I update my Chrome browser to give the Google Body Browser a test drive. I really wanted to test it on the Google CR-48 Chrome OS laptop, but you cannot update to a Beta version of Chrome, and as you will read, there is no point anyway. So I gave it a shot and it felt like I was in a time warp. I remember my days in VRML (now X3d) and it feel like that. Both look and rendering speed. Not a bad thing. And this is all HTML5 – WebGL keep in mind.
I was testing on a X61 IBM tablet laptop; dual core 1.6 with 2G of ram and the Intel grx chipset. Plenty fast enough for normal daily use, but not enough for 3D. So what going on here? Well if you look at my CPU and mem usages, I was using 400k+ of ram for just this tab. There is a good deal of data loading up here.
When I zoom in, or have just the skin or just the bones, it renders pretty fast, but once you cross some number of polys in the scene, its bogs down because the onboard graphics card just does not have the memory. Not to say its not useful. Despite the lack of responsiveness I was still able to explore the homunculus. So if you are viewing this on a older machine or a business laptop, here are a 3 tips.
- Zoom in. If you do not need to see something, don’t display it on the screen.
- Do not move around if you do not need to, if you do, try to move within a tight window. In other words try not to show new parts of the body if you can. Rotation will be the hardest because of polygons coming in and out of view. Reduce the detail view (place the slider towards the bottom) move the homunculus, and then raise the slider again.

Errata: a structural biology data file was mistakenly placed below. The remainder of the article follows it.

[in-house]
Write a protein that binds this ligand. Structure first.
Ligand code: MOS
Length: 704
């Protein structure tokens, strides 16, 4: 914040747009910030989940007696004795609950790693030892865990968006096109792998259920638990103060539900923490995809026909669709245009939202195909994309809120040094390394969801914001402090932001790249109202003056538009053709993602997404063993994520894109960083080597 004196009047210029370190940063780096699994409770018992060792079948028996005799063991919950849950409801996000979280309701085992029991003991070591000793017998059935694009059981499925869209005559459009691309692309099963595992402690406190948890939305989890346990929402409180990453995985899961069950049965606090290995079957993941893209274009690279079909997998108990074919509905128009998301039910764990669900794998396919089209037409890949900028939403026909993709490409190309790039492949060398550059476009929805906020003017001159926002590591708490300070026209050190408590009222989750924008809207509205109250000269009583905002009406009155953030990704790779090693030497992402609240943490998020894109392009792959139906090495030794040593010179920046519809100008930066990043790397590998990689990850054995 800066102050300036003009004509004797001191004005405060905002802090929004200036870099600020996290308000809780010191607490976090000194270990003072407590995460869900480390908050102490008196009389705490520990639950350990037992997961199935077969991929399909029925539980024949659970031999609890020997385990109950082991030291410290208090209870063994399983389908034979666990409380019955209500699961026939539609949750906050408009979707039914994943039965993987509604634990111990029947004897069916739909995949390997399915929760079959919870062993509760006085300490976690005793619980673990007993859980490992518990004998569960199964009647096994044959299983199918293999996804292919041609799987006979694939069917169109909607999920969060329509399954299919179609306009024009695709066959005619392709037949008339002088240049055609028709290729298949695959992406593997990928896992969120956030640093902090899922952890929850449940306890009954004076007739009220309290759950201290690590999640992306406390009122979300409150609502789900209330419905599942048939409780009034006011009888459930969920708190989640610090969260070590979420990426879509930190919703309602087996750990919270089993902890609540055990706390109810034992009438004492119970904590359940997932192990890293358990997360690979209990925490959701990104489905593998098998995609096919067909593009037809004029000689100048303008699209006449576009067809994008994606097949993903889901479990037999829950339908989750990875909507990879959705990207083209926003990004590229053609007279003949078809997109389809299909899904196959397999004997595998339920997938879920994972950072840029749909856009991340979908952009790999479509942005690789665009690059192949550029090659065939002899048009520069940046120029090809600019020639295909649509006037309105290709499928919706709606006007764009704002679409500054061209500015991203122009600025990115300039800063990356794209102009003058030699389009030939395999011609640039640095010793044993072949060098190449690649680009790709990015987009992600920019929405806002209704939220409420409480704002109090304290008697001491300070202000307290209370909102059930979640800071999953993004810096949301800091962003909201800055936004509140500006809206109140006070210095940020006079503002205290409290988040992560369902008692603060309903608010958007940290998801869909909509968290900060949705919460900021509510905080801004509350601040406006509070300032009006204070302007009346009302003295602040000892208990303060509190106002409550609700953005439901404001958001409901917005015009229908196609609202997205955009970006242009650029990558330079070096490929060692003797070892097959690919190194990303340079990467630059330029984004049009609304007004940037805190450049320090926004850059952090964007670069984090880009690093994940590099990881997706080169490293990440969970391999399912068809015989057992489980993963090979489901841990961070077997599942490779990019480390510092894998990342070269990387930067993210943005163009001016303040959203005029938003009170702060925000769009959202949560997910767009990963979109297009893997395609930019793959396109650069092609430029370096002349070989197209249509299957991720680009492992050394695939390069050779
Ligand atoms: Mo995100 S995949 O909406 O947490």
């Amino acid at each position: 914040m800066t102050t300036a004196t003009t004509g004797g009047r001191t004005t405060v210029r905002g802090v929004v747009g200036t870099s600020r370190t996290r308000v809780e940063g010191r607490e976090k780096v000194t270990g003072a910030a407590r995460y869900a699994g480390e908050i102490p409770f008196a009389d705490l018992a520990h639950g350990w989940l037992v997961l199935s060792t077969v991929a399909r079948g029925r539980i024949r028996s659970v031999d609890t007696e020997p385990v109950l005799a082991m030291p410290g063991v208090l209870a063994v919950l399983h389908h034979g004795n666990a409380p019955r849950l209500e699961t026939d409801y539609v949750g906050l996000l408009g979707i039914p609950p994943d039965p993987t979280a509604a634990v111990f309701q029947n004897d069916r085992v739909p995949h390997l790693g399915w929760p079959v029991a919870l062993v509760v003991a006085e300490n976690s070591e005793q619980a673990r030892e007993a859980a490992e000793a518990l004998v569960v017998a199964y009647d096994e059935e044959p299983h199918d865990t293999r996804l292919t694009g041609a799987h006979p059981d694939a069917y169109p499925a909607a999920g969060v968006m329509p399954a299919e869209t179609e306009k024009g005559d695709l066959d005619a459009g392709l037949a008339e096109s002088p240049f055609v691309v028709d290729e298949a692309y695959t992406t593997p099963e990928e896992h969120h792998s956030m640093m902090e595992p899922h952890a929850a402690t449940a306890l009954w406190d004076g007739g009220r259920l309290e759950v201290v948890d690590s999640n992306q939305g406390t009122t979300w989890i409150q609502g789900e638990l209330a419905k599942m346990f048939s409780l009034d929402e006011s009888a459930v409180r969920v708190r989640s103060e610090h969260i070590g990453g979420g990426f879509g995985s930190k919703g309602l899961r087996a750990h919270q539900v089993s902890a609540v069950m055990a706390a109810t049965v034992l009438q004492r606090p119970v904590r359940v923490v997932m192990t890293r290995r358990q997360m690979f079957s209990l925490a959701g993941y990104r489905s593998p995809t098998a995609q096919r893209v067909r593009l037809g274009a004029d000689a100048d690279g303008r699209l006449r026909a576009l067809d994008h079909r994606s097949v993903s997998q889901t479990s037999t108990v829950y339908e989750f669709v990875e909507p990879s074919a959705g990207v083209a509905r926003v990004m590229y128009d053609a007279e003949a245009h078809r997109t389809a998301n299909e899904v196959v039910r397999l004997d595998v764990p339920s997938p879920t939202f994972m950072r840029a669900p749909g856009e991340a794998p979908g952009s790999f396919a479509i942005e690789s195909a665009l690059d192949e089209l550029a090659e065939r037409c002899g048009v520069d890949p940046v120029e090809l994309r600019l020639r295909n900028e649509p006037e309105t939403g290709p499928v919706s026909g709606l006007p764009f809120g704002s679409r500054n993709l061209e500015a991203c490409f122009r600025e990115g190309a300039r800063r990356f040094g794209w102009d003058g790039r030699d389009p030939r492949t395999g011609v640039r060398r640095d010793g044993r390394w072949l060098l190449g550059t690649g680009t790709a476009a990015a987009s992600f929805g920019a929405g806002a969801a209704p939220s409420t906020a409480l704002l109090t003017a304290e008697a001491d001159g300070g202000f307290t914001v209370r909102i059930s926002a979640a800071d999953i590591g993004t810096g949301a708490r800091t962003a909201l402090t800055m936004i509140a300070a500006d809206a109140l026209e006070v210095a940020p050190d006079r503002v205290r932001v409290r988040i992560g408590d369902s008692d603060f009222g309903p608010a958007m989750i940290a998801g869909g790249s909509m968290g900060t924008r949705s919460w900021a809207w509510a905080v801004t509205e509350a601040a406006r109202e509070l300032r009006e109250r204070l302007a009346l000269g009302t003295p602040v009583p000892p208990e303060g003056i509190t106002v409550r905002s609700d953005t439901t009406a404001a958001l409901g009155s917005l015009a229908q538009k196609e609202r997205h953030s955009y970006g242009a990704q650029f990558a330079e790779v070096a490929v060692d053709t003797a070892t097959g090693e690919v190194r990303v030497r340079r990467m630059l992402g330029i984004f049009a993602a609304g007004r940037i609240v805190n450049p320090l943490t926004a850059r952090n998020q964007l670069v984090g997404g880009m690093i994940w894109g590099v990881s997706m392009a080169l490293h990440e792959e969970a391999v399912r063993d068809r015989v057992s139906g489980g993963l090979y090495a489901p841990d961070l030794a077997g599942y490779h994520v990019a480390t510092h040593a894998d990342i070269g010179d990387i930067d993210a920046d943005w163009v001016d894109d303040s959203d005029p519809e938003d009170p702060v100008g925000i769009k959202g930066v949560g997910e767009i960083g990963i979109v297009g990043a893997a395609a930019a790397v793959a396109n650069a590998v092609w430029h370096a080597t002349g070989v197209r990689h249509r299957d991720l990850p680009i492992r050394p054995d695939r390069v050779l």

- Click twice on the item you are interested in. By reducing the opacity, many polygons will end up disappearing, making rendering faster.
I then tested on my desktop and it was smooth as silk. So if you are running on a more modern laptop or a desktop with a good graphic card, you should be good to go, but the point here is that there is no magic going on. Rendering 3D is still rendering 3D and either you have the chips to support it or you don’t.
The program itself is pretty cool. I love the fact I can click on any major body part and get a label and then click again and all other parts go to about 25% opacity making its easier to look at the part you clicked on. A tip, by hiding parts of the homunculus when clicking on a body part twice will speed up rendering if you are on a weak machine… I wonder how this would work on my iPad?
All and all, this is pretty interesting example of 3D for medical uses, although with exception to first year med students and people who are just plain interested, there is not a lot of use cases I can see. However I would really like to see a side window open up giving me details on the body part I clicked on. I expect to see that in a next version soon.